gms | German Medical Science

68th Annual Meeting of the German Society of Neurosurgery (DGNC)
7th Joint Meeting with the British Neurosurgical Society (SBNS)

German Society of Neurosurgery (DGNC)

14 - 17 May 2017, Magdeburg

The surgical management of primary cerebellopontine angle melanocytoma

Meeting Abstract

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  • Sasan Darius Adib - Tübingen, Deutschland
  • Marcos Tatagiba - Universitätsklinikum Tübingen, Klinik für Neurochirurgie, Tübingen, Deutschland

Deutsche Gesellschaft für Neurochirurgie. Society of British Neurological Surgeons. 68. Jahrestagung der Deutschen Gesellschaft für Neurochirurgie (DGNC), 7. Joint Meeting mit der Society of British Neurological Surgeons (SBNS). Magdeburg, 14.-17.05.2017. Düsseldorf: German Medical Science GMS Publishing House; 2017. DocMO.26.03

doi: 10.3205/17dgnc157, urn:nbn:de:0183-17dgnc1575

Published: June 9, 2017

© 2017 Adib et al.
This is an Open Access article distributed under the terms of the Creative Commons Attribution 4.0 License. See license information at



Objective: The most common lesions in the cerebellopontine angle (CPA) are vestibular schwannoma (70-80%) and meningioma (5-10%) followed by epidermoid cysts (6-7 %). The goal of this study is to analyze the surgical management of an extremely rare lesion of the CPA - the meningeal melanocytoma. The annual incidence of meningeal melanocytoma of the CNS has been estimated as 1 per 10 million persons. We present three cases of primary CPA melanocytoma (PCPAM), which have been treated, in our department. Particular attention was paid to their clinical presentation, surgical treatment, early and late treatment outcomes, and recurrence rates.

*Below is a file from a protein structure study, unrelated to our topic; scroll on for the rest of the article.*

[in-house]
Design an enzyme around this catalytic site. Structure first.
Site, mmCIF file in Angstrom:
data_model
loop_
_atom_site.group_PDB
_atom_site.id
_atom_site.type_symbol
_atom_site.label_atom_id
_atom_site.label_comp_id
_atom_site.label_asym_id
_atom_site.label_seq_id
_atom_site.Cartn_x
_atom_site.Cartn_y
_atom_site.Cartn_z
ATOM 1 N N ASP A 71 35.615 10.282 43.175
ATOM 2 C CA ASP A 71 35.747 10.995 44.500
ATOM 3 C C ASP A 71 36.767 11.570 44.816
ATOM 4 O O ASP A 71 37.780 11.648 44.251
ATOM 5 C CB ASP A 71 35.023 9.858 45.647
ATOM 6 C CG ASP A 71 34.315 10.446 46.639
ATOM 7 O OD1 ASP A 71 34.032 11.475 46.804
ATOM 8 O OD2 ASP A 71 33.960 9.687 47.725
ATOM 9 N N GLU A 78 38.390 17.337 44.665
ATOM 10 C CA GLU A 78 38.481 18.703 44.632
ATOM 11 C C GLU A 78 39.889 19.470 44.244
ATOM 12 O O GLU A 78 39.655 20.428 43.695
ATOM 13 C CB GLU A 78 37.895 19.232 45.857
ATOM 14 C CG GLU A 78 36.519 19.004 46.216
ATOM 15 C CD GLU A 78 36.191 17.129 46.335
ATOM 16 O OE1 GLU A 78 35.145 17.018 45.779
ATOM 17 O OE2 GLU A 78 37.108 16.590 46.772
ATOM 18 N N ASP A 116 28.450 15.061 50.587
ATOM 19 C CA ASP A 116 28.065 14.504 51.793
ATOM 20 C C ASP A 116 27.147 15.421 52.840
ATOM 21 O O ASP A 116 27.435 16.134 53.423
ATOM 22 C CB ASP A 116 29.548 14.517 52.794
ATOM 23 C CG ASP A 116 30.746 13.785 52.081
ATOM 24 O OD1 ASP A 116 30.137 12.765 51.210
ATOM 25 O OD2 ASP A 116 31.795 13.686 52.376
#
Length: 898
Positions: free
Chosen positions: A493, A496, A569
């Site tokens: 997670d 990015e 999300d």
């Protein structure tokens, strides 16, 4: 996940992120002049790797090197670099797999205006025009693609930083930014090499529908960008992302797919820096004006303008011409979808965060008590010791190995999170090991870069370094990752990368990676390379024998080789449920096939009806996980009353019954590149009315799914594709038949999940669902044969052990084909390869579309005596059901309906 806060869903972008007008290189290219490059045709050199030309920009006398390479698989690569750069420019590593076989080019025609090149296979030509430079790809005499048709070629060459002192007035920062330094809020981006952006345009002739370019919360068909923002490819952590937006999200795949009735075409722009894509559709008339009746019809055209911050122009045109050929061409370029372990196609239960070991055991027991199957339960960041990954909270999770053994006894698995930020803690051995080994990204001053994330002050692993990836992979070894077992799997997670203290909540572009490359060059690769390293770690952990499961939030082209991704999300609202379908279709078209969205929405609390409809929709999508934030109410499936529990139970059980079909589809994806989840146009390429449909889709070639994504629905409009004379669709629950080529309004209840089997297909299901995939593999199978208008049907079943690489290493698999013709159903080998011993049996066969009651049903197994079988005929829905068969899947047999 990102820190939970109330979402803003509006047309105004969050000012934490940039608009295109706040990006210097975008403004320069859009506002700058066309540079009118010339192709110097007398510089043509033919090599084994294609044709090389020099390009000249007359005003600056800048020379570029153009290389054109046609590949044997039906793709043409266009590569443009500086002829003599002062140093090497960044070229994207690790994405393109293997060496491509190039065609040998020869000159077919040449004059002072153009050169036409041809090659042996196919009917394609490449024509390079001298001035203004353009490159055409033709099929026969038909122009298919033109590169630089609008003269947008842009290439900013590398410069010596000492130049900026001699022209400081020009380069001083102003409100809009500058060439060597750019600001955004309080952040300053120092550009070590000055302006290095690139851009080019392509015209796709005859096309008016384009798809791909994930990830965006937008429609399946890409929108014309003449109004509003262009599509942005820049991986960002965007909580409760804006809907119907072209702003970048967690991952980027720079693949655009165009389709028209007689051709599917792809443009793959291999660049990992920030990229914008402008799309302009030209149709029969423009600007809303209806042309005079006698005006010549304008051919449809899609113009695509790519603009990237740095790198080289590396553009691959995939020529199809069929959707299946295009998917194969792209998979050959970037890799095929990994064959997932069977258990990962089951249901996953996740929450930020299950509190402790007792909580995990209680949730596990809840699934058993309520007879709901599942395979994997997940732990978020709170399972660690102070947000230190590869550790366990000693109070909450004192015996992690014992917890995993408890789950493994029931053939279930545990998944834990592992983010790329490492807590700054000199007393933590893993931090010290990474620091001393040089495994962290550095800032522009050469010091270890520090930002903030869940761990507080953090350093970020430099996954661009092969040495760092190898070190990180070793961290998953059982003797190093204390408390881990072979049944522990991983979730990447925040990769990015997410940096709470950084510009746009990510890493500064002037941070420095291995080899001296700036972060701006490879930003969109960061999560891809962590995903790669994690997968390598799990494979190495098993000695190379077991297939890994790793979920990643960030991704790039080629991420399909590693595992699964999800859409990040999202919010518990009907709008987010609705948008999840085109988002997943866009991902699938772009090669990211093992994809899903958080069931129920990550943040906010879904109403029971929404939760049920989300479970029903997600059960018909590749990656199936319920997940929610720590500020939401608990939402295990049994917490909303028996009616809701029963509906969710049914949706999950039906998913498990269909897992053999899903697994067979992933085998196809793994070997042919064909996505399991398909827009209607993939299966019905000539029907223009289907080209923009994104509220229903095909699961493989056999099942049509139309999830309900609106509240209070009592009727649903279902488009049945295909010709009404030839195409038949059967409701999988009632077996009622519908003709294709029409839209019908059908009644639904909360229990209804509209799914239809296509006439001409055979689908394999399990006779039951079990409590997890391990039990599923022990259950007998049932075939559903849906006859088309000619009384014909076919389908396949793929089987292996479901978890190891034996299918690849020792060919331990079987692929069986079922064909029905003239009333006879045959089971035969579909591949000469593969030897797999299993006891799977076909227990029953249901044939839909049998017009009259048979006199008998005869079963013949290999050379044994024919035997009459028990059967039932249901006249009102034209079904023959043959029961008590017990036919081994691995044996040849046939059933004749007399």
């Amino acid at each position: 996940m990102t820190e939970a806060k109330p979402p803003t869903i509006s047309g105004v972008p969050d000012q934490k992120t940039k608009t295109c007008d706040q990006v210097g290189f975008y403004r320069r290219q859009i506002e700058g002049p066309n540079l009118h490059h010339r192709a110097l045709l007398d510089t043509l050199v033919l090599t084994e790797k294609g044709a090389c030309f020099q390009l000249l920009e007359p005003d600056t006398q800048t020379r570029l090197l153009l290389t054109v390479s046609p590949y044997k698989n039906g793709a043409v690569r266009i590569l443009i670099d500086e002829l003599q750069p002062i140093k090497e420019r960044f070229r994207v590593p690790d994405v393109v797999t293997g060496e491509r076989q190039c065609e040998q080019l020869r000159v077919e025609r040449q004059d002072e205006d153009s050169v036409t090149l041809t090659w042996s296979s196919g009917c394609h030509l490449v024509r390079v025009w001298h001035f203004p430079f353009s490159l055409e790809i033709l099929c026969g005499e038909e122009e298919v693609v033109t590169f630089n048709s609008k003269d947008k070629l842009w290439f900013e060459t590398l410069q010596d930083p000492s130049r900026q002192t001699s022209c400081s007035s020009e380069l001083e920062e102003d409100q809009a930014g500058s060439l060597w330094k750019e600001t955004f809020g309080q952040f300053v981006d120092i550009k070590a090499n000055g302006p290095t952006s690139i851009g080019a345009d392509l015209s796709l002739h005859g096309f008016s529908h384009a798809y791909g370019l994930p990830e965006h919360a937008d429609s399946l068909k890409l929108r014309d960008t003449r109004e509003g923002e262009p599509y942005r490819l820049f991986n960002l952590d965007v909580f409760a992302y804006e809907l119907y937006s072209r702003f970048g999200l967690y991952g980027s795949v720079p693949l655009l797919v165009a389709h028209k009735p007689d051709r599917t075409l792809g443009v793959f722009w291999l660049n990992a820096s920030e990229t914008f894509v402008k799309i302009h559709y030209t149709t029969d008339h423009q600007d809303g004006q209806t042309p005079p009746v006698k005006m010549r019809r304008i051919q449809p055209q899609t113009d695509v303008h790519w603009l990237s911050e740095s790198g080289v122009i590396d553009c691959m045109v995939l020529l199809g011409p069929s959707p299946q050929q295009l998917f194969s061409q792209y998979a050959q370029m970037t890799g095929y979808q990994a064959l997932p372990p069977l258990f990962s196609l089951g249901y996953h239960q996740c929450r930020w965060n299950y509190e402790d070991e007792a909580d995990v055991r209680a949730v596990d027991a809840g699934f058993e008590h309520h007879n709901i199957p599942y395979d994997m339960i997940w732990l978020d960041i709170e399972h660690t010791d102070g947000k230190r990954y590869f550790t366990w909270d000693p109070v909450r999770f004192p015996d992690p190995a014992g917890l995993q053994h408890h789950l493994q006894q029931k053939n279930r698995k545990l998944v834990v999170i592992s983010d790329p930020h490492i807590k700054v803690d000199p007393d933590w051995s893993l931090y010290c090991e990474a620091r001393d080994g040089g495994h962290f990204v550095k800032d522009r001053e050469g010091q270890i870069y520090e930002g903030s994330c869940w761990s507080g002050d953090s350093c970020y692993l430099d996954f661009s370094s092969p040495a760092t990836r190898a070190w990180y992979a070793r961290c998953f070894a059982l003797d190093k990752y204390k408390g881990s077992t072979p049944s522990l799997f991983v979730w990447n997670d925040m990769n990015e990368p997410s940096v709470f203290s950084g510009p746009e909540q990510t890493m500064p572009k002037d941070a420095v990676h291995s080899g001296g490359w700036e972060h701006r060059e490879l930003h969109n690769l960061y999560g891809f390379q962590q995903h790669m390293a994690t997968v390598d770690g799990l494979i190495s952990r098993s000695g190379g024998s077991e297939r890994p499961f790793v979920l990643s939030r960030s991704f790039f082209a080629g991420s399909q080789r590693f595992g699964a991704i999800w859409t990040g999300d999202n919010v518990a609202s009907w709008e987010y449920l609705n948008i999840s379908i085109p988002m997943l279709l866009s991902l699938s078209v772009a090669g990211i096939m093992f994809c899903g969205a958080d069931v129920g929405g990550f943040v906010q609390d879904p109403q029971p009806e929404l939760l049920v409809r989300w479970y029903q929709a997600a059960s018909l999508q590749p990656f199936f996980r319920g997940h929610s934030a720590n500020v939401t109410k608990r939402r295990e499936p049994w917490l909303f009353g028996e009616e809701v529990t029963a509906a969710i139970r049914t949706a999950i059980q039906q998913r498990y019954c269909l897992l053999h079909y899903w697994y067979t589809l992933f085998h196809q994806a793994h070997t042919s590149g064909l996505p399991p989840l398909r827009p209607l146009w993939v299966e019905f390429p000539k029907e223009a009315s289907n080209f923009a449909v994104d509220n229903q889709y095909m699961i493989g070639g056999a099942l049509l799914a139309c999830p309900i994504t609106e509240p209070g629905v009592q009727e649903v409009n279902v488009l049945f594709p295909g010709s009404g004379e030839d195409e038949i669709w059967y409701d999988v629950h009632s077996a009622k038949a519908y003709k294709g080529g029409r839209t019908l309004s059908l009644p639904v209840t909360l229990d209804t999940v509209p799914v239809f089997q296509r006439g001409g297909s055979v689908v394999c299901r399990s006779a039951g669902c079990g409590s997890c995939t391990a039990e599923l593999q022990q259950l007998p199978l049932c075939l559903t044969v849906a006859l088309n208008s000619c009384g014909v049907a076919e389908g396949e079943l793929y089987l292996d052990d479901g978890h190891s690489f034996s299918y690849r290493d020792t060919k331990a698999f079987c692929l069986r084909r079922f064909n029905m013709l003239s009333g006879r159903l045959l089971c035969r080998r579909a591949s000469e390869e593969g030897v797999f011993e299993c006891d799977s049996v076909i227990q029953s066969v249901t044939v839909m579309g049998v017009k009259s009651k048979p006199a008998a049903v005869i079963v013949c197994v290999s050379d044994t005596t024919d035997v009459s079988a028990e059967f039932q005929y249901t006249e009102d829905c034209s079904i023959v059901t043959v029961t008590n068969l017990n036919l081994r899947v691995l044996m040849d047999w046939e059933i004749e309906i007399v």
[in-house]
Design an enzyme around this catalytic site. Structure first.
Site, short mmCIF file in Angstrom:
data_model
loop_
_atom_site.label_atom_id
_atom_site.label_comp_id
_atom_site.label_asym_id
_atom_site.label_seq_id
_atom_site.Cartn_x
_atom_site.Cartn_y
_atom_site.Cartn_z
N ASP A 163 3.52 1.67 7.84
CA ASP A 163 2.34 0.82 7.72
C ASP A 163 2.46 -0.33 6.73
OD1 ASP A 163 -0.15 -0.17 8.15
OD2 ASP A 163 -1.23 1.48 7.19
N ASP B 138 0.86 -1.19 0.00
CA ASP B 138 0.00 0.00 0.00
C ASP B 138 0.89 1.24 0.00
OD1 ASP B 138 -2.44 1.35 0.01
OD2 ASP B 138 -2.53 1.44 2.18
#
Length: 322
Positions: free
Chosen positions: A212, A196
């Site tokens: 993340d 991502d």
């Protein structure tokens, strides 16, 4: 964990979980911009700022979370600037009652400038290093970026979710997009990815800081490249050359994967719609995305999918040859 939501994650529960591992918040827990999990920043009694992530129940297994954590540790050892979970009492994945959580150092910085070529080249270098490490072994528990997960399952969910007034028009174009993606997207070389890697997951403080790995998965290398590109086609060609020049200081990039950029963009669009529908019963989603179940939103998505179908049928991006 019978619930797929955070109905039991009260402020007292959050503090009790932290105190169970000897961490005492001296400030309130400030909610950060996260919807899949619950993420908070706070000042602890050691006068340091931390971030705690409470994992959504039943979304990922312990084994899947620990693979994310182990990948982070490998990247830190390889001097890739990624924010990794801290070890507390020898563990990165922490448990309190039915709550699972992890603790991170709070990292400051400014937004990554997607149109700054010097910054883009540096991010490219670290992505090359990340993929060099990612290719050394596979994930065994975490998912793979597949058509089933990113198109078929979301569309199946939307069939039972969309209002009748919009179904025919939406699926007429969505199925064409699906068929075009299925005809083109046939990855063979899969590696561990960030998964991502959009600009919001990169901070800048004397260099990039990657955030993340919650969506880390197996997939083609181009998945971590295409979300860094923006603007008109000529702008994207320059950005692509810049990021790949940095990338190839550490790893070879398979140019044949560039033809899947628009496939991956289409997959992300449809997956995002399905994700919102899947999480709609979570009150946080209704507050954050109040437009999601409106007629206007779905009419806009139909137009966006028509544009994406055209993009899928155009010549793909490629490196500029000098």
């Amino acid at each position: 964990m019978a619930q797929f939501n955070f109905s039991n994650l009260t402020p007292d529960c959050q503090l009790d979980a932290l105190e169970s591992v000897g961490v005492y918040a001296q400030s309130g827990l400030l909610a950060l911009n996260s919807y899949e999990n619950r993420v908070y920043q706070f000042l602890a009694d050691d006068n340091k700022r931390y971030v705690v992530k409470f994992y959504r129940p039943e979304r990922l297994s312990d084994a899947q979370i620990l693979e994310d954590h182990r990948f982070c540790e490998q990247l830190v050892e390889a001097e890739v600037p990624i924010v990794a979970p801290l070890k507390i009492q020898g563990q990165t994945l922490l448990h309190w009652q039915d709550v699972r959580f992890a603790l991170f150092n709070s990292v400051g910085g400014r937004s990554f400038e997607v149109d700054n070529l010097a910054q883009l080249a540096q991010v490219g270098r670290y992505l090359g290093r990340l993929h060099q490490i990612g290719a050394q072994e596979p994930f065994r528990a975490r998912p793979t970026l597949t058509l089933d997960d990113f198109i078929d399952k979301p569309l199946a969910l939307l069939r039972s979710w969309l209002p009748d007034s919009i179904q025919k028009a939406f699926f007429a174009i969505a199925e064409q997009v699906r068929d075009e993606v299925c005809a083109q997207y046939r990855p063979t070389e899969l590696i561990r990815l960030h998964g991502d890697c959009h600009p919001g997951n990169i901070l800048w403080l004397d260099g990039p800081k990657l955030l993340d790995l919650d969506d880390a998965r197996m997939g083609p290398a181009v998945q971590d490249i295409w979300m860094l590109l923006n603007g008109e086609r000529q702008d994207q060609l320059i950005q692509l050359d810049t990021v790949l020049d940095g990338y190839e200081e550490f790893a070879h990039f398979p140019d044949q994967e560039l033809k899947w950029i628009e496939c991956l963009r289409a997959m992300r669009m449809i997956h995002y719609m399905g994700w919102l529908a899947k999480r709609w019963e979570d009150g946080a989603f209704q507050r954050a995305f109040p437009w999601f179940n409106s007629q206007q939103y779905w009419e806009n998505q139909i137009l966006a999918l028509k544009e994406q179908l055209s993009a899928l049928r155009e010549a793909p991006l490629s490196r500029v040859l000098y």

Methods: Patients who received surgical treatment for PCPAM from January 2004 to October 2016 were identified by a computer search of their files from the Department of Neurosurgery, Tübingen. We identified three patients with PCPAM, which were surgically treated in our Department in the last 12 years. Two were male and one was a female patient, aging 33, 45 and 54 years (mean age: 44 years). The 45-year-old male patient had two previous surgeries elsewhere. Patients were evaluated for initial symptoms, pre- and postoperative facial nerve function, pre- and postoperative cochlear function, complications and recurrence rate by reviewing surgical reports, patient documents, neuroradiological data, and follow-up data. In all cases the PCPAM was confirmed histologically. In one patient it was a melanocytoma with intermediate grade.

Results: There was no mortality in this series. Anatomical facial and cochlear nerve preservation were achieved in all 3 cases. One patient had a new moderate facial palsy after surgery (H+B II). The cochlear nerve funtion was not significantly affected by surgery. Two patients had adjuvant radiotherapy (50,4 Gy and 54 Gy) and one patient had ion beam therapy for tumor recurrence (six years after surgery). All patients presented tumor recurrence at 2 years, at 3 years and at 6 years follow up respectively.

Conclusion: Our case series include a very heterogenous patient collective (one case of intermediate grade melanocytoma, one case of multifocal recurrence after two previous surgeries in other hospitals), however preservation of the facial and cochlear function was achieved in all cases. At long-term follow-up all patients had recurrence. Treatment must include besides surgery radiotherapy in order to avoid early recurrence.